Flora

In the Alps, scientists and explorers have identified thirteen thousand unique plant species. They are usually grouped for scientific purposes by their habitat and what type of soil they grow in. The two main types of soil are non-calcareous and limatimes. In the lower elevations, the habitats tend to be bogs, woodlands, and meadows. Other areas lack good soil.

The vegetation forms a natural line with the deciduous trees. These trees are sycamore maple, oak, ash, and beech. They generally do not grow over a certain elevation which is usually around 1,200 metres (3,940 feet) above sea level. Dwarf shrubs and small pine trees grow above this elevation, though.

Due to the stressful climate and soil conditions, many of the plants that grow in the Alps develop secondary characteristics that have proven useful for medicines.

Fauna

Thirty thousand different species of wildlife have been identified in the region. These species range in size from fleas to brown bears. Many of the species are native to the Alps and have thus developed mutations that allow them to survive in the harsh climates at high altitude. Most of these species live below the snow line. However, the ibex lives above the snow line. The ibex is the largest creature living at altitude in the Alps. Some have been spotted at 3,000 metres (9,843 feet). They tend to live in caves at high altitude and survive by eating the grasses.

Not as large as the ibex, chamois live at even higher altitudes.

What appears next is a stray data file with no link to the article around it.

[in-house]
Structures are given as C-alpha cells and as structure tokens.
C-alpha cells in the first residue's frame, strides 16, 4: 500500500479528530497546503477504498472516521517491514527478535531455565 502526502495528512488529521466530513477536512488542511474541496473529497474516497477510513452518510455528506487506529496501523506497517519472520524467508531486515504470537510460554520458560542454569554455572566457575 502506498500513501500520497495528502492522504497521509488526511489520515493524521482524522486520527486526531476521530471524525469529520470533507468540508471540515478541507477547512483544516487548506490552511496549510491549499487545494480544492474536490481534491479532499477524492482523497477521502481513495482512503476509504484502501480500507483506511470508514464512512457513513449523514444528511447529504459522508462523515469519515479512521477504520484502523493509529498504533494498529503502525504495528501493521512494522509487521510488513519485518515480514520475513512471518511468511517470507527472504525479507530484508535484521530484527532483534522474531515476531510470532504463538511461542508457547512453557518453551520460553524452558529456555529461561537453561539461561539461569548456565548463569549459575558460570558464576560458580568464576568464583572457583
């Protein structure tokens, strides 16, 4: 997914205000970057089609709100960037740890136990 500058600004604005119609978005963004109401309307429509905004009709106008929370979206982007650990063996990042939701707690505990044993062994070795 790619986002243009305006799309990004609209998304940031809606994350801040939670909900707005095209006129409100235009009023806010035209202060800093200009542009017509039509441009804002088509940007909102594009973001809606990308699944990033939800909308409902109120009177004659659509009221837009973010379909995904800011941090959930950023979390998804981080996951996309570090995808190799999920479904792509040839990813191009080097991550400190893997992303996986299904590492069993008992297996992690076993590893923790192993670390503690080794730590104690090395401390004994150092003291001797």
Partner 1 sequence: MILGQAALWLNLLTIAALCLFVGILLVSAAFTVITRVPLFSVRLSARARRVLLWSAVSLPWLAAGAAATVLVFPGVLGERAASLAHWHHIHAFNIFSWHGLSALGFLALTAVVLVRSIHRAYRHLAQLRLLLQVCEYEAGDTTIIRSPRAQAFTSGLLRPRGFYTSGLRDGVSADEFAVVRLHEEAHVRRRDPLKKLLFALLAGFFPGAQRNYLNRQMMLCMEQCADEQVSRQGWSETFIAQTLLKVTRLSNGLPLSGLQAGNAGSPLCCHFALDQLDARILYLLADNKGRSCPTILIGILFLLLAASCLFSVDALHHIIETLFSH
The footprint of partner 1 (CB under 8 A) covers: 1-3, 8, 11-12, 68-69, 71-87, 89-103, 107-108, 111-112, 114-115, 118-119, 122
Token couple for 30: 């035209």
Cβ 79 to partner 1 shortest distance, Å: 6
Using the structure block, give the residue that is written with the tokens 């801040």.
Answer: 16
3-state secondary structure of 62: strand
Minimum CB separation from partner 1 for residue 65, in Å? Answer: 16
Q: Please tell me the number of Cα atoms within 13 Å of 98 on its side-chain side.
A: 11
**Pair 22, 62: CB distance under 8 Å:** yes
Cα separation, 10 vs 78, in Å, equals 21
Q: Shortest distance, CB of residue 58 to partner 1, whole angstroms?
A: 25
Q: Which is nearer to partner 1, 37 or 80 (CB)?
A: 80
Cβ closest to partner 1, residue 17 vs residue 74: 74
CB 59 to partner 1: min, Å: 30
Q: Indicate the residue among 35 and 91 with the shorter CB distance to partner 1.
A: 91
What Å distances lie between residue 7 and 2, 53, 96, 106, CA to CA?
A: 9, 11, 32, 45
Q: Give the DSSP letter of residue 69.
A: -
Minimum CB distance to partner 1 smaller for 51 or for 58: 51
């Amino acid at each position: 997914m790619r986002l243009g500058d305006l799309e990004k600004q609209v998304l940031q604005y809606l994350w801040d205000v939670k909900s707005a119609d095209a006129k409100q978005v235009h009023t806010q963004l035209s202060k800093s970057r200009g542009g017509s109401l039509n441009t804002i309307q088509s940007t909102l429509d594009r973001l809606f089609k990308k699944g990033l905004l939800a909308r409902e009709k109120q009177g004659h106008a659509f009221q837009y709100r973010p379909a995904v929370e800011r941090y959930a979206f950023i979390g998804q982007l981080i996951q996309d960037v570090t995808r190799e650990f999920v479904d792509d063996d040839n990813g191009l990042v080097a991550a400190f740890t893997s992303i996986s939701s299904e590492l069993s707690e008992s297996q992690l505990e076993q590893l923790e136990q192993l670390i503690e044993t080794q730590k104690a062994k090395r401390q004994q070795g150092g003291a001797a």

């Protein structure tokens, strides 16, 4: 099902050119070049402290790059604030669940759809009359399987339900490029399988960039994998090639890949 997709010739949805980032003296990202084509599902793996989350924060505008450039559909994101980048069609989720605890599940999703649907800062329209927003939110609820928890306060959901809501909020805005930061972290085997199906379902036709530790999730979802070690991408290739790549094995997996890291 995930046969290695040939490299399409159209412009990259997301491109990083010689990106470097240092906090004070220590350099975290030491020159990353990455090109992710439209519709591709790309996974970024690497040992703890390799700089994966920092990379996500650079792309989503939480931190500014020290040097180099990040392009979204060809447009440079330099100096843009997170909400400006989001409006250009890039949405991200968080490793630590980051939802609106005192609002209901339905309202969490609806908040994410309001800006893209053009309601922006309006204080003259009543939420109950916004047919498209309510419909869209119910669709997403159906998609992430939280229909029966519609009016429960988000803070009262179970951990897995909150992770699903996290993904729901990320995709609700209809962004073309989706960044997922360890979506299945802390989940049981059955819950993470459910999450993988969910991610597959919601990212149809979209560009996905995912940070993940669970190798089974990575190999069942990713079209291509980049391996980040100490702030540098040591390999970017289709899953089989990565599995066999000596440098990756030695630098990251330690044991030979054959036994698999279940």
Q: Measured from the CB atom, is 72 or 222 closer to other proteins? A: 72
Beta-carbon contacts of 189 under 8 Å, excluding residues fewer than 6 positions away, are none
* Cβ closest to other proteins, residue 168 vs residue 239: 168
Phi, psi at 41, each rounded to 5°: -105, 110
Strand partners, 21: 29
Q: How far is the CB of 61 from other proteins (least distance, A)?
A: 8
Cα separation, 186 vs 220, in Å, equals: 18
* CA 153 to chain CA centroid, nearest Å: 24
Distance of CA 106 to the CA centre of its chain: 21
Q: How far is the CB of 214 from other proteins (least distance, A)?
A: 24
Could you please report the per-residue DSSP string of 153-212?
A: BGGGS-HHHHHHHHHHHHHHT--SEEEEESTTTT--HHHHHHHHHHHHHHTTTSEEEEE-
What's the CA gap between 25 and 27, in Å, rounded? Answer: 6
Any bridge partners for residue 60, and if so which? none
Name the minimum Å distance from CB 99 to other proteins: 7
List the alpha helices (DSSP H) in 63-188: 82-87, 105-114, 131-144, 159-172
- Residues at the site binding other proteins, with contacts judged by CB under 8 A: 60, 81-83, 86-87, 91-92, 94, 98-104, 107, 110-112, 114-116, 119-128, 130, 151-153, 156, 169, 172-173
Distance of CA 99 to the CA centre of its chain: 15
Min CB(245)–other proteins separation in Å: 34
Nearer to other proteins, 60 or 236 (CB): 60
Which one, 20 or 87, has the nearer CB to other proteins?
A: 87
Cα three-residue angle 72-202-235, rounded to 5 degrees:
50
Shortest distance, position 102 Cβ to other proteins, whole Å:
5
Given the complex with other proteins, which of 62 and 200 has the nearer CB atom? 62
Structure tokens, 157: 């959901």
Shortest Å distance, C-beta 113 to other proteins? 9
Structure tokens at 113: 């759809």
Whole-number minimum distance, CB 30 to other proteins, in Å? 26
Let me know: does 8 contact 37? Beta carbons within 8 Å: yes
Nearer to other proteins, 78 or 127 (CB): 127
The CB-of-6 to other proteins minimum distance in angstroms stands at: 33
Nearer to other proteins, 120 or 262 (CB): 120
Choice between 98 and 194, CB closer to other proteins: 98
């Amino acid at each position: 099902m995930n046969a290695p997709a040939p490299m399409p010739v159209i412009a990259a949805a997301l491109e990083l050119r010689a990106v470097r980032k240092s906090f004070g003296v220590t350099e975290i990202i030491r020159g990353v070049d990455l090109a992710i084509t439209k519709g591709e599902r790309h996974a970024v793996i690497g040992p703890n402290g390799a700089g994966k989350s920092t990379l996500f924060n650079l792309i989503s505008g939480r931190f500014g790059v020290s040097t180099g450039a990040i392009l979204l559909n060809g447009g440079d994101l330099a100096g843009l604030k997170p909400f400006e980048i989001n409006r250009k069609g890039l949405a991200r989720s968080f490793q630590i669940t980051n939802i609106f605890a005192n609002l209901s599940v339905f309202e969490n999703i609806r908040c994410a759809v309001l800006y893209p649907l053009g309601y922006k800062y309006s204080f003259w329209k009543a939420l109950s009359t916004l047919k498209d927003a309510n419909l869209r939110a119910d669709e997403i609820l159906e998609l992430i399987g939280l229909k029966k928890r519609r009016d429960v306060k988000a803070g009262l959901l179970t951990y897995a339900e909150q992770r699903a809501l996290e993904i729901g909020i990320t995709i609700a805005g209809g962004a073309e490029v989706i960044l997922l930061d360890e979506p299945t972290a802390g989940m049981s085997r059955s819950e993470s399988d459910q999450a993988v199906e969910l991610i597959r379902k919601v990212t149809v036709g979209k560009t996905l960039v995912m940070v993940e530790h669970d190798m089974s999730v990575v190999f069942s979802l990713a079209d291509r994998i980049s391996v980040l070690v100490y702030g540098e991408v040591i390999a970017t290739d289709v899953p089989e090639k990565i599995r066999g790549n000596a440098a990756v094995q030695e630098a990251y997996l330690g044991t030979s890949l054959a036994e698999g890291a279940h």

Travel

Because of the great skiing and the various flora and fauna, the Alps are a desired tourist destination for a holiday. Alpine Infusion’s luxury ski chalets are prestigious venues for holiday visits to the mountain range. Many visitors from the UK and around Europe travel to the Alps every year. Oftentimes, they stay in chalets which provide more amenities and a more personal experience than one would experience in a hotel. A dedicated service for orchestrating holidays will allow you to pick your chalet in many of the eight Alpine countries. You will be able to compare prices, dates, and amenities.

The Alps aren’t only skiing though. Many visitors enjoy snowboarding, hiking, and sightseeing. The animals and plants are often unique to the region so you cannot find them anywhere else.

Chalets are houses that were originally built in the alpine region. They are wooden houses made with sloped roofs and eaves. The roofs are heavy and sloped so that they can sustain the weight of snow build-up. Also, the sloped roofs make it more likely the snow will slide off. They are uniquely designed to sustain the rigours of the frigid Alpine conditions. Many were originally functioning dairy farms. They would be used to make butter and cheese in the warmer months in an attempt to preserve the milk which would go bad quickly in the lower, warmer climates. In the winter months, they were largely unused.